In preferred embodiments, controller 110 stores software code that permits a clinician to test a number of electrode combinations in an efficient manner. The software enables the clinician to shift a locus of stimulation longitudinally and laterally. For example, the clinician may attempt to relocate or move the locus of the stimulation rostrally along the spinal cord in order to change the perceived location of paresthesia in the patient. The clinician may relocate the locus of stimulation by selecting one or more graphical controls of a user interface. The software processes input from the user interface and automatically modifies the electrode polarities used to apply the stimulation pulses to nerve tissue in response to such input. As multiple movements (rostrally, caudally, left relative to midline, right relative to midline) are selected by the clinician, the software automatically applies different patterns of electrode polarities thereby providing respective incremental movements in the locus of stimulation.

FIGS. 2A-2F depict a stimulation lead in which different electrode combinations 201-206 are applied to electrodes of the lead to gradually shift the locus of stimulation longitudinally in a direction parallel to the longitudinal axis of the lead. Each combination of electrode combinations 201-206 defines a unique locus of stimulation, i.e., every combination applied to a common or base location produces a different locus of stimulation. Any suitable reference point may be selected for the base position. For example, a lower left most electrode of the combination could be selected as the base location. Alternatively, a particular position of each could be selected to serve as the base location. The selection of the base location need only be applied consistently between combinations of the set. The selection of a base location only effects when movement of the base location must occur when traversing through the electrodes of a stimulation lead.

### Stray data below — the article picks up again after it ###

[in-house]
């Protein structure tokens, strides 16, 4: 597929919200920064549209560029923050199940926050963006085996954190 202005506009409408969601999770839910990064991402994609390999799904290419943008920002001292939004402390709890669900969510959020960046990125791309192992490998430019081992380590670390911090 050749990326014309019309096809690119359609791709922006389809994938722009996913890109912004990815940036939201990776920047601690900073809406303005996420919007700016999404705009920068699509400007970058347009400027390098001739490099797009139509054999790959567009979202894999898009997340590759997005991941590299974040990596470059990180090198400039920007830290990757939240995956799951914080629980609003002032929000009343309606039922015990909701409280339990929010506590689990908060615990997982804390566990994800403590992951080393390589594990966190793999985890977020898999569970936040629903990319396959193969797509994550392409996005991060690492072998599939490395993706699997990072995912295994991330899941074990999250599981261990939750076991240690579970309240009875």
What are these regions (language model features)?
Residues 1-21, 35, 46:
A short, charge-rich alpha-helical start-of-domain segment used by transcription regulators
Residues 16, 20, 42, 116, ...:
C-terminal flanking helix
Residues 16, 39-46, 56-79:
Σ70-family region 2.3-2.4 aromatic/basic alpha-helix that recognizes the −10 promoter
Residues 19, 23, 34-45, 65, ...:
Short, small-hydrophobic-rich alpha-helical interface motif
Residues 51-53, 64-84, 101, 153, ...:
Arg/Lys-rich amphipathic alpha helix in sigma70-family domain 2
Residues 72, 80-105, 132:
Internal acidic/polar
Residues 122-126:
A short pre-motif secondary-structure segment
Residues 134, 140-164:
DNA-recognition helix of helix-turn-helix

FIG. 2A depicts electrode combination 201 in which the locus of stimulation is applied in a “lowest” longitudinal position relative to the other electrode combinations 202-206. Electrode combination 201 depicts cathode 201a present in the fourth electrode position (counting from the bottom of the lead) and anode 201b present in the fifth electrode position.

FIG. 2B depicts electrode combination 202 in which the locus of stimulation is shifted upwards relative to the locus of stimulation associated with combination 201. In combination 202, cathode 202a is present in the fourth electrode position and anodes 202b and 202c are present in the fifth and sixth electrode positions. The presence of an additional anode (anode 202c) shifts some of the return current flow to anode 202c, which would otherwise return to the pulse generator via anode 202b, thereby effecting a shift in the locus of stimulation.

FIG. 2C depicts electrode combination 203 where another “upward” shift in the locus of stimulation is present. Electrode combination 203 includes cathode 203a at the fifth electrode position and anodes 203b and 203c at the third and fourth electrode positions. FIGS. 2D-2F depict electrode combinations 204, 205, and 206 with further “upward” shifts in the locus of stimulation as defined by (i) cathode 204a and anode 204b; (ii) cathode 205a and anodes 204b and 204c; and (iii) cathode 206a and anode 206b.